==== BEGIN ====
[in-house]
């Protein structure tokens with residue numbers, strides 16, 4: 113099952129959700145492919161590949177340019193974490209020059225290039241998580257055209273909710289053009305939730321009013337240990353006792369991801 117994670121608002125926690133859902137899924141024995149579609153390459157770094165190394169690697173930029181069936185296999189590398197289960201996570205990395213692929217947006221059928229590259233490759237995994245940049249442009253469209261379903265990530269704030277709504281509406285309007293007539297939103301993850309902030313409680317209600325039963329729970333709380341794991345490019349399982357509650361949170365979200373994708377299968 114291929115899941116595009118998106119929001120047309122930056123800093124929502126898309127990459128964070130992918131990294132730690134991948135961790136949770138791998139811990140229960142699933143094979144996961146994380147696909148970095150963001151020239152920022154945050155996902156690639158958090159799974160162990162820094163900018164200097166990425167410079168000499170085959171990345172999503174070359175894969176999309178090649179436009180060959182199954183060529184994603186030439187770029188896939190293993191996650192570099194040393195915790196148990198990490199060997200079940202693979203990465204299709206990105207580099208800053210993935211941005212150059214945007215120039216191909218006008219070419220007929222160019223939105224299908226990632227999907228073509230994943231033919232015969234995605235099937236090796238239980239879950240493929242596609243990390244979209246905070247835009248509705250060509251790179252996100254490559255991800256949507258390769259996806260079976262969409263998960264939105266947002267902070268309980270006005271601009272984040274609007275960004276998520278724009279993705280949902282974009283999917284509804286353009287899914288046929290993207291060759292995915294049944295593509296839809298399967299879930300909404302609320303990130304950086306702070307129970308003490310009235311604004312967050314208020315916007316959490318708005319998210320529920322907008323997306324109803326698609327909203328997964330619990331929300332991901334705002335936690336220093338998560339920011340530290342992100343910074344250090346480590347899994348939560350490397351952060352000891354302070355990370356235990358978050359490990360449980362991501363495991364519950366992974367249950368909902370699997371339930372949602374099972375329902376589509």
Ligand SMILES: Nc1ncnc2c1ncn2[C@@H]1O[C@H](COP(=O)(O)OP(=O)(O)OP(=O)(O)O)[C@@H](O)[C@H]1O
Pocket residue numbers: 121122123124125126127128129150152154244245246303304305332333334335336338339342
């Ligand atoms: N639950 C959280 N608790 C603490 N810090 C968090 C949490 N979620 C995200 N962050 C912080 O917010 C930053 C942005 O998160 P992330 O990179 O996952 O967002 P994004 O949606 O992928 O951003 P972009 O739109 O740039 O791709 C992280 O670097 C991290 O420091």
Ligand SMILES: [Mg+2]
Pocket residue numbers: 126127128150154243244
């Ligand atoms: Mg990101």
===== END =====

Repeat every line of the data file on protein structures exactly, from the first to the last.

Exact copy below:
[in-house]
């Protein structure tokens with residue numbers, strides 16, 4: 113099952129959700145492919161590949177340019193974490209020059225290039241998580257055209273909710289053009305939730321009013337240990353006792369991801 117994670121608002125926690133859902137899924141024995149579609153390459157770094165190394169690697173930029181069936185296999189590398197289960201996570205990395213692929217947006221059928229590259233490759237995994245940049249442009253469209261379903265990530269704030277709504281509406285309007293007539297939103301993850309902030313409680317209600325039963329729970333709380341794991345490019349399982357509650361949170365979200373994708377299968 114291929115899941116595009118998106119929001120047309122930056123800093124929502126898309127990459128964070130992918131990294132730690134991948135961790136949770138791998139811990140229960142699933143094979144996961146994380147696909148970095150963001151020239152920022154945050155996902156690639158958090159799974160162990162820094163900018164200097166990425167410079168000499170085959171990345172999503174070359175894969176999309178090649179436009180060959182199954183060529184994603186030439187770029188896939190293993191996650192570099194040393195915790196148990198990490199060997200079940202693979203990465204299709206990105207580099208800053210993935211941005212150059214945007215120039216191909218006008219070419220007929222160019223939105224299908226990632227999907228073509230994943231033919232015969234995605235099937236090796238239980239879950240493929242596609243990390244979209246905070247835009248509705250060509251790179252996100254490559255991800256949507258390769259996806260079976262969409263998960264939105266947002267902070268309980270006005271601009272984040274609007275960004276998520278724009279993705280949902282974009283999917284509804286353009287899914288046929290993207291060759292995915294049944295593509296839809298399967299879930300909404302609320303990130304950086306702070307129970308003490310009235311604004312967050314208020315916007316959490318708005319998210320529920322907008323997306324109803326698609327909203328997964330619990331929300332991901334705002335936690336220093338998560339920011340530290342992100343910074344250090346480590347899994348939560350490397351952060352000891354302070355990370356235990358978050359490990360449980362991501363495991364519950366992974367249950368909902370699997371339930372949602374099972375329902376589509």
Ligand SMILES: Nc1ncnc2c1ncn2[C@@H]1O[C@H](COP(=O)(O)OP(=O)(O)OP(=O)(O)O)[C@@H](O)[C@H]1O
Pocket residue numbers: 121122123124125126127128129150152154244245246303304305332333334335336338339342
């Ligand atoms: N639950 C959280 N608790 C603490 N810090 C968090 C949490 N979620 C995200 N962050 C912080 O917010 C930053 C942005 O998160 P992330 O990179 O996952 O967002 P994004 O949606 O992928 O951003 P972009 O739109 O740039 O791709 C992280 O670097 C991290 O420091």
Ligand SMILES: [Mg+2]
Pocket residue numbers: 126127128150154243244
């Ligand atoms: Mg990101």